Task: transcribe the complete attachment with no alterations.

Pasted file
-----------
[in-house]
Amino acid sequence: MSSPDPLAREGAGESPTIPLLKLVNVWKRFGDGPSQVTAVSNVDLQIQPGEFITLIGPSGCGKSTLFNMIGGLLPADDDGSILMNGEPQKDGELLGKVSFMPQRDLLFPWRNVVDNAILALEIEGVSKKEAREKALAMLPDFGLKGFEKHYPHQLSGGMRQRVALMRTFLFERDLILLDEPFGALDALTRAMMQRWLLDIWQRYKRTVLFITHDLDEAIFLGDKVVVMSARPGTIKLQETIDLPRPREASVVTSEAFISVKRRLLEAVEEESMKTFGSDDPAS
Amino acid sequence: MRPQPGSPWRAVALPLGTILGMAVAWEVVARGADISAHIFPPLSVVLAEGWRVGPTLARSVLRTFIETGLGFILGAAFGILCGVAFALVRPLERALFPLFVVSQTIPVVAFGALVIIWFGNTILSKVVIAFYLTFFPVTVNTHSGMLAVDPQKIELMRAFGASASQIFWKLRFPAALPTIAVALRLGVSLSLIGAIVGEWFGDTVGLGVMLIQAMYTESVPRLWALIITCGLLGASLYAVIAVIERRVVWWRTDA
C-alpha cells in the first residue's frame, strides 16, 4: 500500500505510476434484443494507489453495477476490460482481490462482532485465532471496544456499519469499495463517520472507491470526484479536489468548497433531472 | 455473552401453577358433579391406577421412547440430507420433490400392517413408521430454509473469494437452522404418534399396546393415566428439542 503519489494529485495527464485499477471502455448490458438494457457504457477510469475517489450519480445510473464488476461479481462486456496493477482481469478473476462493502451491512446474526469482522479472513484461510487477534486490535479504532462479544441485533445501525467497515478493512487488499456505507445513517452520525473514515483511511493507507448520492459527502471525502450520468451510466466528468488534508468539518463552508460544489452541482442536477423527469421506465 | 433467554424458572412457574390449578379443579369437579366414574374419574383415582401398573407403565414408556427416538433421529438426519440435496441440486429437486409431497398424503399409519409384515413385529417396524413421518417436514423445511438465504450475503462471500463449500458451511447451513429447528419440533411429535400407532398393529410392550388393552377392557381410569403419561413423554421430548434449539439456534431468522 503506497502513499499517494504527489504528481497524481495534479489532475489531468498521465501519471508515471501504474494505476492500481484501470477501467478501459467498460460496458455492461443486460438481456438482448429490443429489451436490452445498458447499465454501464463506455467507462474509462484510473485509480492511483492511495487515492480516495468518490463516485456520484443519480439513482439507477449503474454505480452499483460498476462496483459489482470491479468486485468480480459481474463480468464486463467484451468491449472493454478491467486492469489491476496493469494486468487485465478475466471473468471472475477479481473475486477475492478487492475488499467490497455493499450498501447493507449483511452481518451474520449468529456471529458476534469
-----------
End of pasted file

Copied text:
[in-house]
Amino acid sequence: MSSPDPLAREGAGESPTIPLLKLVNVWKRFGDGPSQVTAVSNVDLQIQPGEFITLIGPSGCGKSTLFNMIGGLLPADDDGSILMNGEPQKDGELLGKVSFMPQRDLLFPWRNVVDNAILALEIEGVSKKEAREKALAMLPDFGLKGFEKHYPHQLSGGMRQRVALMRTFLFERDLILLDEPFGALDALTRAMMQRWLLDIWQRYKRTVLFITHDLDEAIFLGDKVVVMSARPGTIKLQETIDLPRPREASVVTSEAFISVKRRLLEAVEEESMKTFGSDDPAS
Amino acid sequence: MRPQPGSPWRAVALPLGTILGMAVAWEVVARGADISAHIFPPLSVVLAEGWRVGPTLARSVLRTFIETGLGFILGAAFGILCGVAFALVRPLERALFPLFVVSQTIPVVAFGALVIIWFGNTILSKVVIAFYLTFFPVTVNTHSGMLAVDPQKIELMRAFGASASQIFWKLRFPAALPTIAVALRLGVSLSLIGAIVGEWFGDTVGLGVMLIQAMYTESVPRLWALIITCGLLGASLYAVIAVIERRVVWWRTDA
C-alpha cells in the first residue's frame, strides 16, 4: 500500500505510476434484443494507489453495477476490460482481490462482532485465532471496544456499519469499495463517520472507491470526484479536489468548497433531472 | 455473552401453577358433579391406577421412547440430507420433490400392517413408521430454509473469494437452522404418534399396546393415566428439542 503519489494529485495527464485499477471502455448490458438494457457504457477510469475517489450519480445510473464488476461479481462486456496493477482481469478473476462493502451491512446474526469482522479472513484461510487477534486490535479504532462479544441485533445501525467497515478493512487488499456505507445513517452520525473514515483511511493507507448520492459527502471525502450520468451510466466528468488534508468539518463552508460544489452541482442536477423527469421506465 | 433467554424458572412457574390449578379443579369437579366414574374419574383415582401398573407403565414408556427416538433421529438426519440435496441440486429437486409431497398424503399409519409384515413385529417396524413421518417436514423445511438465504450475503462471500463449500458451511447451513429447528419440533411429535400407532398393529410392550388393552377392557381410569403419561413423554421430548434449539439456534431468522 503506497502513499499517494504527489504528481497524481495534479489532475489531468498521465501519471508515471501504474494505476492500481484501470477501467478501459467498460460496458455492461443486460438481456438482448429490443429489451436490452445498458447499465454501464463506455467507462474509462484510473485509480492511483492511495487515492480516495468518490463516485456520484443519480439513482439507477449503474454505480452499483460498476462496483459489482470491479468486485468480480459481474463480468464486463467484451468491449472493454478491467486492469489491476496493469494486468487485465478475466471473468471472475477479481473475486477475492478487492475488499467490497455493499450498501447493507449483511452481518451474520449468529456471529458476534469